Quarter Life Crisis

The world according to Sven-S. Porst

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Bread Rolls

506 words

Indulging in the pleasure of a ‘continental’ Sunday breakfast means you’ll have to get fresh bread rolls. Thanks to ‘progress’ in the German service attitude in the past decade bakeries will actually be open on Sunday mornings now. The only drawbacks of this are that you’ll have to go outside before even having had coffee or food and that you’ll have to face the staff at bakeries which seem far away from the classic ‘Bäckereifachverkäuferin’ of the old days.

When I was little I loved to go and fetch bread rolls. I’d go through the rolls I was supposed to bring home on the short walk to the bakery and add up their prices so I could ‘know’ the total price before they’d tell me. I think they even pretended to be impressed by that at times.

And while it’s not rocket science there’s certainly a bit more to selling bread rolls than being able to tell an ordinary roll from a croissant. Competent bakery staff will be able to keep even ‘large’ orders of five to ten items in memory for a moment. They’ll gather the items and then carefully put them in the bag in an order that puts the most stable items at the bottom and the more fragile ones at the top. That way your croissants stay in good shape. And back in the days, people were usually able to compute the total price of your order as they packed things up.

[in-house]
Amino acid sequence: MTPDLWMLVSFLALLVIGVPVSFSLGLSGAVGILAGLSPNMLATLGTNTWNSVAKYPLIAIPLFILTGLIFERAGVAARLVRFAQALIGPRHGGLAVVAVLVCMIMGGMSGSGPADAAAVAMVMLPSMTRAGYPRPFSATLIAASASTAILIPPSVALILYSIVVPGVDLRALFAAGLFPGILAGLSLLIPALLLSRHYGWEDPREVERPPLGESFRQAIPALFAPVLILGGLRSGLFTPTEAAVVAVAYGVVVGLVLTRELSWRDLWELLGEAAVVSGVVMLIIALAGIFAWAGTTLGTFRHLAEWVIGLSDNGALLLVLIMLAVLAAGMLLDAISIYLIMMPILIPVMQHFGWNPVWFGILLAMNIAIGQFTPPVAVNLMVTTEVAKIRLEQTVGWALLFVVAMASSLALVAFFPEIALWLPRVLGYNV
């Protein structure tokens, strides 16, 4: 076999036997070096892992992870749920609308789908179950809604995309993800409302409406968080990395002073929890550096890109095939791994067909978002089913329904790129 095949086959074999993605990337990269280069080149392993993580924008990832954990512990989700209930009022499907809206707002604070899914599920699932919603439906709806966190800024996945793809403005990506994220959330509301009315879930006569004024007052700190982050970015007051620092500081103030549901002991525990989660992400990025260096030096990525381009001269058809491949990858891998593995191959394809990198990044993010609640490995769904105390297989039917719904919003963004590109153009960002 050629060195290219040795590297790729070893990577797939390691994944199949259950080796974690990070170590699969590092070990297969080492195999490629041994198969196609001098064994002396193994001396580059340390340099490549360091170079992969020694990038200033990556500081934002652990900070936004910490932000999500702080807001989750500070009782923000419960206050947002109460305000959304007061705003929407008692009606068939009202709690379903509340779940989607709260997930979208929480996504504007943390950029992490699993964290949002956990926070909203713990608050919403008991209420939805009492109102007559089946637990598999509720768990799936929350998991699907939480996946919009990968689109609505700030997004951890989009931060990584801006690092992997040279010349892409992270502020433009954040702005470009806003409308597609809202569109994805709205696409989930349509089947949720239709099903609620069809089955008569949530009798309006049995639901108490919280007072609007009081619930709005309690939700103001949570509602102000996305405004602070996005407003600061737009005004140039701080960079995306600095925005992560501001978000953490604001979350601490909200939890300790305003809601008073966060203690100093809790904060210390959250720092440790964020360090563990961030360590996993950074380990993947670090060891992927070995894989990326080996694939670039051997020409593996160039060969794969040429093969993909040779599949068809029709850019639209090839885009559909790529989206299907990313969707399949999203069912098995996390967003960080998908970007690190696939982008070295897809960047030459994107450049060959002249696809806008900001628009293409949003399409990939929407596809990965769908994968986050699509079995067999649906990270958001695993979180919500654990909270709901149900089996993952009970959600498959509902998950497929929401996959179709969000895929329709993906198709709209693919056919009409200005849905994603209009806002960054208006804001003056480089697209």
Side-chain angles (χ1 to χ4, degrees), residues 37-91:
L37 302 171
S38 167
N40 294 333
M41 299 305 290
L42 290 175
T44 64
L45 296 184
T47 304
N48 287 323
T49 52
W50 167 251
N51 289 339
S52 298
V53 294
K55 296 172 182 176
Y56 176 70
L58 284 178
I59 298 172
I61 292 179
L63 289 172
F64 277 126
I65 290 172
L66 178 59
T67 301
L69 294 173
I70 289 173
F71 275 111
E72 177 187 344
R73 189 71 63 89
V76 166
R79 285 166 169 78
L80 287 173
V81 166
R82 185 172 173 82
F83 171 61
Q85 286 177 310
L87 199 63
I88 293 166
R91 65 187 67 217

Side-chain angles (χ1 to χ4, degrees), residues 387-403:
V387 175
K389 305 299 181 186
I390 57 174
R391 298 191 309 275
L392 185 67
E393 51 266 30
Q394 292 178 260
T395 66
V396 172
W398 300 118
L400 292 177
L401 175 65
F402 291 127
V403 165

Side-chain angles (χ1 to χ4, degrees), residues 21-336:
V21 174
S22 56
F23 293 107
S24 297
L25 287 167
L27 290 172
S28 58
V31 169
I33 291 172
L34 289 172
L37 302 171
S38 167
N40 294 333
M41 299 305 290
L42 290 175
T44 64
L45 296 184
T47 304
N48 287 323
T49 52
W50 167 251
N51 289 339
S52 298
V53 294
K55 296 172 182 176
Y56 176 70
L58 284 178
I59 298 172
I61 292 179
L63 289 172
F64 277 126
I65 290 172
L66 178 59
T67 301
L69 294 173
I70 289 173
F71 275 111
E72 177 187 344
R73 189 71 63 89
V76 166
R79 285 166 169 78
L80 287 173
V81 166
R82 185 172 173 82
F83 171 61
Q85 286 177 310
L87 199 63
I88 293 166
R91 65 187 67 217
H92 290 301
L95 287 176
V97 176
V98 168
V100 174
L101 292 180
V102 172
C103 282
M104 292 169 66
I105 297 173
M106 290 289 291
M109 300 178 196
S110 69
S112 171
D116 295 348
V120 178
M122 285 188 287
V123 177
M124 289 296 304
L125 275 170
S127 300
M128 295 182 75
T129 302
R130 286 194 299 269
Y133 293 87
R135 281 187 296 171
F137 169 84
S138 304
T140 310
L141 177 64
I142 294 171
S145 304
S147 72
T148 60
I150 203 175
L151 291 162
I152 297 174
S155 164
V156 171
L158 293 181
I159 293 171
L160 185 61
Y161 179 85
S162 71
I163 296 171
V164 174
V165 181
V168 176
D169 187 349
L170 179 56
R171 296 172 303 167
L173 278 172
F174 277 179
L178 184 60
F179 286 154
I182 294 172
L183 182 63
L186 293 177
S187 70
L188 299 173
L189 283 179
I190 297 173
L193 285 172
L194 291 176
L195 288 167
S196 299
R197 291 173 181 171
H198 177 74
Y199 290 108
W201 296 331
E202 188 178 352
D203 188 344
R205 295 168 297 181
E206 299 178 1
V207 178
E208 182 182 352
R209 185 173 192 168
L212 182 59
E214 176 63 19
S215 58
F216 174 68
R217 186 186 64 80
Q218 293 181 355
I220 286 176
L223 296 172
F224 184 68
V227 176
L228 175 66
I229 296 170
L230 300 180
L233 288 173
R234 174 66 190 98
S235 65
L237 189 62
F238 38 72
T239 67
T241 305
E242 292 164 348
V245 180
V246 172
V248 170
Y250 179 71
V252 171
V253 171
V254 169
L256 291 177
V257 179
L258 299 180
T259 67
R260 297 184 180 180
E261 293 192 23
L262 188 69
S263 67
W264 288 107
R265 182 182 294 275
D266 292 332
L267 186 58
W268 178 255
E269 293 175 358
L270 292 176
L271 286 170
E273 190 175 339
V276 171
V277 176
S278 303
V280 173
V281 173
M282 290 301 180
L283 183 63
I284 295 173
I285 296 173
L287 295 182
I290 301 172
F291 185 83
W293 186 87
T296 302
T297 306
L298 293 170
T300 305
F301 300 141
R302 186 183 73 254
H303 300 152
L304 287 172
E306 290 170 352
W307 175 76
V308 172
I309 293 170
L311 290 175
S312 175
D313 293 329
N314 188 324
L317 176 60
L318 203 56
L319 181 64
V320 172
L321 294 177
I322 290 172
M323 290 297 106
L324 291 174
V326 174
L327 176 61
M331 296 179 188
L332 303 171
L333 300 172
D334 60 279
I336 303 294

A few decades went by and most of this changed. Quite naturally you can’t expect any staff to add any numbers in their head. So whatever you do, things will be slowed down by staff having to operate some clumsy piece of bookkeeping machinery (which for sure is there mainly for the benefit of the bookkeepers rather than the customers). As a consequence staff will not know what the items cost and questions like ‘I just have a fiver on me, can I still fit in two sesame rolls for that?’ start becoming a real challenge because of that.

In addition, staff seem to be much more likely to fulfill the orders step by step and putting items in the bag in exactly that order which means you’ll have to take care that you order the croissants last. And to top things off this morning, the assistant serving me this morning was quite clear in her body language that she was displeased with my order because it meant she had to walk a few extra steps to get the items. Twice. Naturally that just happened because they didn’t have everything where it should be. And because she took the order step by step rather than in one go. Finally she was displeased by me paying with a 50€ note and quite annoyedly asked whether I didn’t have smaller money.

I left quite sorry to have inconvenienced them with my business. The better opening hours may have partially arrived in Germany, but the whole service spirit got lost on the way.

November 11, 2007, 11:04

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